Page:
Why we're here:
This blog is to highlight the unjust persecution of legitimate non-TV users at the hands of TV Licensing. These people do not require a licence and are entitled to live without the unnecessary stress and inconvenience caused by TV Licensing's correspondence and employees.

If you use equipment to receive live broadcast TV programmes, or to watch or download on-demand programmes via the BBC iPlayer, then the law requires you to have a licence and we encourage you to buy one.

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Wednesday, 22 February 2017

BBC to Launch New £30m Scottish TV Channel



The new channel, which will broadcast between the hours of 7 pm and midnight, will hit the airwaves in the autumn of 2018. It will feature an hour-long 9 pm news programme focussing on stories from north of the border.

Tony Hall, the BBC Director General, announced the plans to staff during a visit to BBC Scotland headquarters at Pacific Quay, Glasgow. He also pledged an increase of £20m in the amount spent on original Scottish drama and factual programming.

The as yet unnamed channel will replace Scottish programmes currently shown on BBC Two.

In a statement, Hall said: "I said at the beginning of the year that the BBC needed to be more creative and distinctive. The BBC is Britain’s broadcaster, but we also need to do more for each nation just as we are doing more for Britain globally.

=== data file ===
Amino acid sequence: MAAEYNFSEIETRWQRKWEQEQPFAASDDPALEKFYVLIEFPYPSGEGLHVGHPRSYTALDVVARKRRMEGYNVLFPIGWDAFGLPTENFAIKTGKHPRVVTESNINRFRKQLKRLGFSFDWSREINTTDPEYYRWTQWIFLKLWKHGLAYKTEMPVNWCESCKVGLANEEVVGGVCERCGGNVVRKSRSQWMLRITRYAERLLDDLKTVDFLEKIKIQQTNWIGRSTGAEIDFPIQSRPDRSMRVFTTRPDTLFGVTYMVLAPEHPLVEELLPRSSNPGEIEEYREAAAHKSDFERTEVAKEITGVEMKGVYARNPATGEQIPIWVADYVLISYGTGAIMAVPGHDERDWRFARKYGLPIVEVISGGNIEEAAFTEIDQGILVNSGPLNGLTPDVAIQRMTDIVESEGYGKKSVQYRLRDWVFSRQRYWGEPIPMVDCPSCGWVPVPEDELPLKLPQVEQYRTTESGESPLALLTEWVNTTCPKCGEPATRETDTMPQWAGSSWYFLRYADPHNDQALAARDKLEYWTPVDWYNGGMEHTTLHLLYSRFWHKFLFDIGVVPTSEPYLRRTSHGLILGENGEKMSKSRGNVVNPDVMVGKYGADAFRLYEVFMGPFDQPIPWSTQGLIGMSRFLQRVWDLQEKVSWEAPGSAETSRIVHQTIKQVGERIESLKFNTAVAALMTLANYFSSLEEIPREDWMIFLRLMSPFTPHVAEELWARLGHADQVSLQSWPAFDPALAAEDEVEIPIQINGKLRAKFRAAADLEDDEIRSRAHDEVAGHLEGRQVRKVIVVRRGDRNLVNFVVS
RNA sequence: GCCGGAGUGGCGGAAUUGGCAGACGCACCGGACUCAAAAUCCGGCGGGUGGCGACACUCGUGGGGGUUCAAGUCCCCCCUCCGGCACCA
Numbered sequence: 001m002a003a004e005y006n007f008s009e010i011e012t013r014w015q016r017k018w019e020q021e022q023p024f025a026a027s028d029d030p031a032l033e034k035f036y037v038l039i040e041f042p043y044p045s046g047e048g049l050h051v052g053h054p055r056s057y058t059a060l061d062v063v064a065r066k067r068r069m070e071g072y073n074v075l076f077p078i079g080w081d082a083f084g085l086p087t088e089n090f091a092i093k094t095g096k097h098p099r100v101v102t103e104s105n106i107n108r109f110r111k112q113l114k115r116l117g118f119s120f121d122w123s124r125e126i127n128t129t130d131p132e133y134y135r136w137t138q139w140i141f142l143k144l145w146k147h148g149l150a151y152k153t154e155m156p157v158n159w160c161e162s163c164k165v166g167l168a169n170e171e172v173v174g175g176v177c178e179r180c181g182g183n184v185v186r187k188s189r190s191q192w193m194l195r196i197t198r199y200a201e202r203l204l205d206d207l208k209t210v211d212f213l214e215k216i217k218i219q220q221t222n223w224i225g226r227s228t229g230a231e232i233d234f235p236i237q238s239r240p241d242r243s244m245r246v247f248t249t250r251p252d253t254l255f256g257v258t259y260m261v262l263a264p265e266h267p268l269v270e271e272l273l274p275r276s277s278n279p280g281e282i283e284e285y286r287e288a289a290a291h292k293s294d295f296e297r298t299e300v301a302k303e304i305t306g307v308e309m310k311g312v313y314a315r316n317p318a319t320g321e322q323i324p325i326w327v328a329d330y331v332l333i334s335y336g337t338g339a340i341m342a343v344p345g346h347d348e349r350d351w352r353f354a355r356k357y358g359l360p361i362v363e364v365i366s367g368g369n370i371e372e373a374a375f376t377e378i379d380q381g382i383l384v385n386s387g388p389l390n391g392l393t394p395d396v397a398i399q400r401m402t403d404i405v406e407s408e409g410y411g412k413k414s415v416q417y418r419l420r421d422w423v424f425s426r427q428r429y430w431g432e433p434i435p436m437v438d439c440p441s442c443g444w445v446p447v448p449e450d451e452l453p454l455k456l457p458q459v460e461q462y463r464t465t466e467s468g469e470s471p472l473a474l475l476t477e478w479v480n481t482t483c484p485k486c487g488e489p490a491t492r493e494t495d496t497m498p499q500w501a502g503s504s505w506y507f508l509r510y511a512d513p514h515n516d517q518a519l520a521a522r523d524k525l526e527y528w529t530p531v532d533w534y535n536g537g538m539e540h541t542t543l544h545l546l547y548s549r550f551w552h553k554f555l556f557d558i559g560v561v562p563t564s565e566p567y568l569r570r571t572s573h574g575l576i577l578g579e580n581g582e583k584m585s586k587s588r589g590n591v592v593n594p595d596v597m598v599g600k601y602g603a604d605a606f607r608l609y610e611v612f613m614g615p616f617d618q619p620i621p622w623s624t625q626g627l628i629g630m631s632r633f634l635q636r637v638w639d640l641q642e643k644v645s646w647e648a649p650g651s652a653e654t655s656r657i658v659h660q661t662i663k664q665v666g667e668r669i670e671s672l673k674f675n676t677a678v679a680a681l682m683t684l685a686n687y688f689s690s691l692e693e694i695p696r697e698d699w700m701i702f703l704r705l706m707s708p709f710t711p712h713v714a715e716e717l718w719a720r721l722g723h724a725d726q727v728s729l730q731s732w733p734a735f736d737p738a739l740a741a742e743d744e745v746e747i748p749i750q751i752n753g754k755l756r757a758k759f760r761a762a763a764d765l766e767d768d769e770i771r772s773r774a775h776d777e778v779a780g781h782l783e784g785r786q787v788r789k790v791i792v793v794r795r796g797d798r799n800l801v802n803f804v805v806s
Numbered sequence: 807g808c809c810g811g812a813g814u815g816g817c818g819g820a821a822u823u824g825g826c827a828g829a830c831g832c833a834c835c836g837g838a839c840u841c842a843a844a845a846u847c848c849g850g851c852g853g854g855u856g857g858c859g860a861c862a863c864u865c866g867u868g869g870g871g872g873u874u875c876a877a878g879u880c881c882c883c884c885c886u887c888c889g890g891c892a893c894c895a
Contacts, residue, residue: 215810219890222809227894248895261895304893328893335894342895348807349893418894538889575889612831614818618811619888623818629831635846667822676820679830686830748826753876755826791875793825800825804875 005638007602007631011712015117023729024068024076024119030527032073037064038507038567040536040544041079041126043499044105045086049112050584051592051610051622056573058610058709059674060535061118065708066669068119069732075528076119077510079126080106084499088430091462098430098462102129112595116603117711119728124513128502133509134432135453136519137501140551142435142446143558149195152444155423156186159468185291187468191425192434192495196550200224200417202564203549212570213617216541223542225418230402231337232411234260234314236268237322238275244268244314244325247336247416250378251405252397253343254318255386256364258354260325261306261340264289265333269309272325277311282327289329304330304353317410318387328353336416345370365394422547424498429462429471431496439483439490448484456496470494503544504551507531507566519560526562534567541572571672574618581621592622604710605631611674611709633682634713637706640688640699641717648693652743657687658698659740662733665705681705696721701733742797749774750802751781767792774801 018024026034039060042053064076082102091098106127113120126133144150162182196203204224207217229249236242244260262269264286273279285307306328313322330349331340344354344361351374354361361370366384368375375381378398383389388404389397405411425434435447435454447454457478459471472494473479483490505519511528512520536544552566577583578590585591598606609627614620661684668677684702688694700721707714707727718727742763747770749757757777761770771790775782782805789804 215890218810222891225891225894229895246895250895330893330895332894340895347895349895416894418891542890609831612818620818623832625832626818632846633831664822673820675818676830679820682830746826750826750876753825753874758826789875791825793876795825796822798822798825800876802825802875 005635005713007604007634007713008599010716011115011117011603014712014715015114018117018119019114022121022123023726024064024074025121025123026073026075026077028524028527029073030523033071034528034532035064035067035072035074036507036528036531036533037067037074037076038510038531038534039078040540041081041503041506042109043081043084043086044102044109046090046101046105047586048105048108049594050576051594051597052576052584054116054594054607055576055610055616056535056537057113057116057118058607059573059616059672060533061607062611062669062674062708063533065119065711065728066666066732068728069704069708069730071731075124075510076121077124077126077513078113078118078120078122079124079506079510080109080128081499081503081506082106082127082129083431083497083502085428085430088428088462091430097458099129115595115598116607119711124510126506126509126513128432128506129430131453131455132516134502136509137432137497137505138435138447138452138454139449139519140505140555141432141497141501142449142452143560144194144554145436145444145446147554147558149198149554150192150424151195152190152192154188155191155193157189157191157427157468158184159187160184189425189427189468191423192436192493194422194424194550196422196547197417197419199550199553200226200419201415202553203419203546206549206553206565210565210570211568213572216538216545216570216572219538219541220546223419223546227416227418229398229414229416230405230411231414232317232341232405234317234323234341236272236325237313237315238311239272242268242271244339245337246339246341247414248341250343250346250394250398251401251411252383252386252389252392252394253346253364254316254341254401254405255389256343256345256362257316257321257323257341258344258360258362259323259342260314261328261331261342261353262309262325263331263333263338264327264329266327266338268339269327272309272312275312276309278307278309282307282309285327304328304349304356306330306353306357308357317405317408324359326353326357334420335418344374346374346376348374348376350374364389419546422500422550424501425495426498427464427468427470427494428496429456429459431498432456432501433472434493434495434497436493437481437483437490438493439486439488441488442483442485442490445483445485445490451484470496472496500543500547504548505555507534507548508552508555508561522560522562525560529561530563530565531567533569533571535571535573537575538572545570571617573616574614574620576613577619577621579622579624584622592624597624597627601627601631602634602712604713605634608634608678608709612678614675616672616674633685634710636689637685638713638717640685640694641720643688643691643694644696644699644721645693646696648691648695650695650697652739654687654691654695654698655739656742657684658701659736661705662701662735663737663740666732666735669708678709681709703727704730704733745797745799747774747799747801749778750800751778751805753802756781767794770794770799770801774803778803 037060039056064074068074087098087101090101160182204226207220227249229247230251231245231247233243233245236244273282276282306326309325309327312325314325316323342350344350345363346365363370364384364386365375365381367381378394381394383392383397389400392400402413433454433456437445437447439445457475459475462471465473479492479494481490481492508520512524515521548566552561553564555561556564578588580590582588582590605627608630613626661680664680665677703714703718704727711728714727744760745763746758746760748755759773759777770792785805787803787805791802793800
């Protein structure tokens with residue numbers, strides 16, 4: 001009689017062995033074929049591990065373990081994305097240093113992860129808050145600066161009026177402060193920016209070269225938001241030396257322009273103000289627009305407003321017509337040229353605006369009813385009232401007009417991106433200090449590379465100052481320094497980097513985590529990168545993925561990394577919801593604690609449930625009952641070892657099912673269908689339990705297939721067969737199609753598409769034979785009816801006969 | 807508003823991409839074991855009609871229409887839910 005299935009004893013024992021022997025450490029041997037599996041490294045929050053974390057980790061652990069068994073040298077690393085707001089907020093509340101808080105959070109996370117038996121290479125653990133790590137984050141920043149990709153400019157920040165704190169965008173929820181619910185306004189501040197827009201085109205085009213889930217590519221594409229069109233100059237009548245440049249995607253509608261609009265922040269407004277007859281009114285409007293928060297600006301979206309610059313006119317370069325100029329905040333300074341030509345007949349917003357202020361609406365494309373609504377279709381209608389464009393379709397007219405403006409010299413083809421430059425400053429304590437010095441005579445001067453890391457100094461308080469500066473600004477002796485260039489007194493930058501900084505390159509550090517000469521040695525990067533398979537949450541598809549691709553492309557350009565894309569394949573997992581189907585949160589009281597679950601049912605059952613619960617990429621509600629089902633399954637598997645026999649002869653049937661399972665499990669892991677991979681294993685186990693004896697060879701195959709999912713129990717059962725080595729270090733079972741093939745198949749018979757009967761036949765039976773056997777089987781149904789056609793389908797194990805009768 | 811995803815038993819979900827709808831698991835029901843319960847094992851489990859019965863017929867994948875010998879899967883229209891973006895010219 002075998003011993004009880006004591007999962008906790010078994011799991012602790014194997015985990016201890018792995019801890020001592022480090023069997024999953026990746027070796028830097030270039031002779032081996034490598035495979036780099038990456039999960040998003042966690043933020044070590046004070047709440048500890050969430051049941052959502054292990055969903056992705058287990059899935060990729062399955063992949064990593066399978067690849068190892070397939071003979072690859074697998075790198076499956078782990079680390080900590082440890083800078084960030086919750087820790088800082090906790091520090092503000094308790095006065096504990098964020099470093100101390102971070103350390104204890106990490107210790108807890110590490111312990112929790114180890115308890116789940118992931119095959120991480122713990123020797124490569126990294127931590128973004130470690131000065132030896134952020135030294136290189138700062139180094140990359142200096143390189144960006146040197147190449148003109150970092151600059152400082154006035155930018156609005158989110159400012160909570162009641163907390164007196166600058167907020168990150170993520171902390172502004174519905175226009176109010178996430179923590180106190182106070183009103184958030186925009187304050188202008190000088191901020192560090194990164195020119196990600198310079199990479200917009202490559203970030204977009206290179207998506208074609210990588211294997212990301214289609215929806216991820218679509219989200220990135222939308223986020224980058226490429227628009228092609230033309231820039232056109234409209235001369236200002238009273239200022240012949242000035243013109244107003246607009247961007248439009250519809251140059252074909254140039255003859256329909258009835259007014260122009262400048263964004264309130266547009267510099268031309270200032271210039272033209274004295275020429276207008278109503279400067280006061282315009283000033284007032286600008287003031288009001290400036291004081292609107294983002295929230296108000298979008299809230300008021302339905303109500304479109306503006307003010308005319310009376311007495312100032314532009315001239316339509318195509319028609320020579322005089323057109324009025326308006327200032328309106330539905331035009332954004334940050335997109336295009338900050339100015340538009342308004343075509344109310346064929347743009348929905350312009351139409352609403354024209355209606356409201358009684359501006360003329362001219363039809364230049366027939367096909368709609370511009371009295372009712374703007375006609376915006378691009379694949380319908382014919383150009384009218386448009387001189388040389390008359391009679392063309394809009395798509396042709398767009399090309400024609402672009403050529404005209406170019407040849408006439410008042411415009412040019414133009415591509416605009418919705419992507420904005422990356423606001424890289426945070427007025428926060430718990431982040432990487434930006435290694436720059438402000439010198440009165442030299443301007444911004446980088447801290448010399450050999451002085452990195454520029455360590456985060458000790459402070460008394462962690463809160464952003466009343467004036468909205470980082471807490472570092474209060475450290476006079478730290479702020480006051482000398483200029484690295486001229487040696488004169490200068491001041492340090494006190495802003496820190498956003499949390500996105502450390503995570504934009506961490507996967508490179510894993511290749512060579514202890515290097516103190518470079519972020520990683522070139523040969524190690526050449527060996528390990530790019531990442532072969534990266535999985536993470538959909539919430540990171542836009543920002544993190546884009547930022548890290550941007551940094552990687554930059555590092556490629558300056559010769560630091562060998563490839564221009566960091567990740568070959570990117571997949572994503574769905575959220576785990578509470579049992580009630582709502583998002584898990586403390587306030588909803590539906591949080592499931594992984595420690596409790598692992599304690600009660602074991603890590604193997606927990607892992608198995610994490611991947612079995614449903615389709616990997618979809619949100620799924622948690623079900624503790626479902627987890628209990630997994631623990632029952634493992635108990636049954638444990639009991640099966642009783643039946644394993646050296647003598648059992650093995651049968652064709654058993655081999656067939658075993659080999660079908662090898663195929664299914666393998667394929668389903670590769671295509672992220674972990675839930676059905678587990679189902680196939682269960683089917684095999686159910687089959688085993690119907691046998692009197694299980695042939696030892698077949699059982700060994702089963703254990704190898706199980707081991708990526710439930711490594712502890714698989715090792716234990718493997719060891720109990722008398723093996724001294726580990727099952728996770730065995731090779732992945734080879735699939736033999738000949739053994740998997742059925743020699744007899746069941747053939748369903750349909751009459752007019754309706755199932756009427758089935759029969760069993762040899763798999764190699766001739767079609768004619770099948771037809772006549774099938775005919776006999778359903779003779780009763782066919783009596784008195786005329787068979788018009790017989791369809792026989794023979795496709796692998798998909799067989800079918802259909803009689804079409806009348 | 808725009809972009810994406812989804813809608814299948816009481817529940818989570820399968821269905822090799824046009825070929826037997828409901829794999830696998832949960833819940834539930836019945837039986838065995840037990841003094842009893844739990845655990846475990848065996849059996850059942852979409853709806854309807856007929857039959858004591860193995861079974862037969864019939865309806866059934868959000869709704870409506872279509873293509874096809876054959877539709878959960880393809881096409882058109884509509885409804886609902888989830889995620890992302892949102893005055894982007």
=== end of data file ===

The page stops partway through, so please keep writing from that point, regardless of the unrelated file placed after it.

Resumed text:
"We know that viewers in Scotland love BBC television, but we also know that they want us to better reflect their lives and better reflect modern Scotland. It is vital that we get this right. The best way of achieving that is a dedicated channel for Scotland.

"The additional investment in Scottish drama and factual programming rightly recognises both the need to do more across our output and the huge pool of talent available in Scotland. We do make great programmes here, such as Shetland, Britain’s Ancient Capital – Secrets of Orkney, Two Doors Down and the brilliant Still Game – but we do need to do more."

Nicola Sturgeon MSP: Coming to a TV channel near you.

The Scottish Government has long be campaigning for increased BBC investment in Scotland.

Fiona Hyslop MSP, Cabinet Secretary for Culture, Tourism and External Affairs, said: "While the increased investment in both journalism and wider production in Scotland is long overdue, this is a very positive development. [It is] vital that the new BBC Scotland channel has complete commission and editorial independence, and is provided with the funding needed to match ambition."

The introduction of the new channel will mean that almost three-quarters of Scottish TV licence revenue will be spent on programmes aimed at the Scottish audience.

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Saturday, 4 February 2017

National Audit Office TV Licence Review Evidence


In August 2016 the media went into a frenzy when the National Audit Office published a report claiming that TV Licensing had the technology to detect online viewers without a valid TV licence.

Many commentators seized on the idea that the BBC had somehow developed technology that allowed it to "sniff" the packets of data being delivered to people's wireless networks.

Even if the BBC did possess such magical technology, the evidence gathered would in no way prove that an offence was being committed at the property where the wireless network was installed.

The BBC provided evidence to the National Audit Office to support its claims that unlicensed online viewers had been prosecuted in the same manner as those viewing unlicensed by conventional means.

Yesterday, in its response to a Freedom of Information request placed by WhatDoTheyKnow.com user Mr I. Hillas, the National Audit Office released some of the evidence the BBC had provided to help it prepare its report.

In particular, the BBC provided a paper trail of evidence demonstrating how a Polish immigrant convicted of TV licence evasion was "brought to justice".